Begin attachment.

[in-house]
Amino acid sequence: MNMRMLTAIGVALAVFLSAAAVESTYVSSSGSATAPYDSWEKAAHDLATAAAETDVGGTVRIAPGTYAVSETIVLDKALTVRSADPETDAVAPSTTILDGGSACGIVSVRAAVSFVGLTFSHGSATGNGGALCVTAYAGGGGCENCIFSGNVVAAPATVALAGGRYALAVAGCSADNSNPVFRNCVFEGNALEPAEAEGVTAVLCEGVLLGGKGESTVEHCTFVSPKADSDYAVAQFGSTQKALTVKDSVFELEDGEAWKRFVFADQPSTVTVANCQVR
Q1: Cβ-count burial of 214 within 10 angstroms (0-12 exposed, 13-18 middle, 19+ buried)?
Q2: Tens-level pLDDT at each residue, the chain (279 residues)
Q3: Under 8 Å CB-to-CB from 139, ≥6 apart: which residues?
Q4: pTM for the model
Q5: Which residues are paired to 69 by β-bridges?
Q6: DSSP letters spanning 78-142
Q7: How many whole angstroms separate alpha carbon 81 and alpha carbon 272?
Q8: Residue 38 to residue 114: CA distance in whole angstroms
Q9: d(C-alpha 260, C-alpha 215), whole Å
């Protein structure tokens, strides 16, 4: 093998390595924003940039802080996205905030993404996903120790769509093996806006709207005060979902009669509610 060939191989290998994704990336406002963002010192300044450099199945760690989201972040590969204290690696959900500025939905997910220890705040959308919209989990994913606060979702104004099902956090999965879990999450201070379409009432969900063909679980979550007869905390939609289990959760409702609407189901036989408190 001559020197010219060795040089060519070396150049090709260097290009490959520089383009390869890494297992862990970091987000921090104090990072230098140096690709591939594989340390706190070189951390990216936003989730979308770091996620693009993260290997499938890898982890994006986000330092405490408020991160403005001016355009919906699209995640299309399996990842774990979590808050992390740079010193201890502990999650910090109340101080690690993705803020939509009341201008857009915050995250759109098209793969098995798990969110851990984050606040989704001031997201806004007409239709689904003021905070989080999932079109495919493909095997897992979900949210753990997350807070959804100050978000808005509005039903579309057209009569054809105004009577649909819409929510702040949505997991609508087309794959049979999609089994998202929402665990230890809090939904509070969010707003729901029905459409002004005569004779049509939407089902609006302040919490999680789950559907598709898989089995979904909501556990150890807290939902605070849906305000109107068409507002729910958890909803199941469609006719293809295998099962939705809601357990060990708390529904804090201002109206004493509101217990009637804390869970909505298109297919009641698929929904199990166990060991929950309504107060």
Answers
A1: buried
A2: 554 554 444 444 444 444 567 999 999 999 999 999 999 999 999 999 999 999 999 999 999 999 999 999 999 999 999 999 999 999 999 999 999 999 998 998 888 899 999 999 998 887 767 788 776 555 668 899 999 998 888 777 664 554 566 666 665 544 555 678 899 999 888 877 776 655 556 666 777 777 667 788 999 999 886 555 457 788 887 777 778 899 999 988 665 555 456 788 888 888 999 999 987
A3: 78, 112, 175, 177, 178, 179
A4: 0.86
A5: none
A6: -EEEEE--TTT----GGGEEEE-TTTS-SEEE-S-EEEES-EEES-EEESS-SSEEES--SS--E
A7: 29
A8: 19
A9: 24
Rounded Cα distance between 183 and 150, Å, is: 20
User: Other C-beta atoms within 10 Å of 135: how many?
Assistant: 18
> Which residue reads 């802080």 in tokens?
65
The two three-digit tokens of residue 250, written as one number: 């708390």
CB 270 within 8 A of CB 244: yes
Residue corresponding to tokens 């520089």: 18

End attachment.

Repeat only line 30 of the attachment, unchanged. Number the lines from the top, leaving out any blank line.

Residue corresponding to tokens 């520089």: 18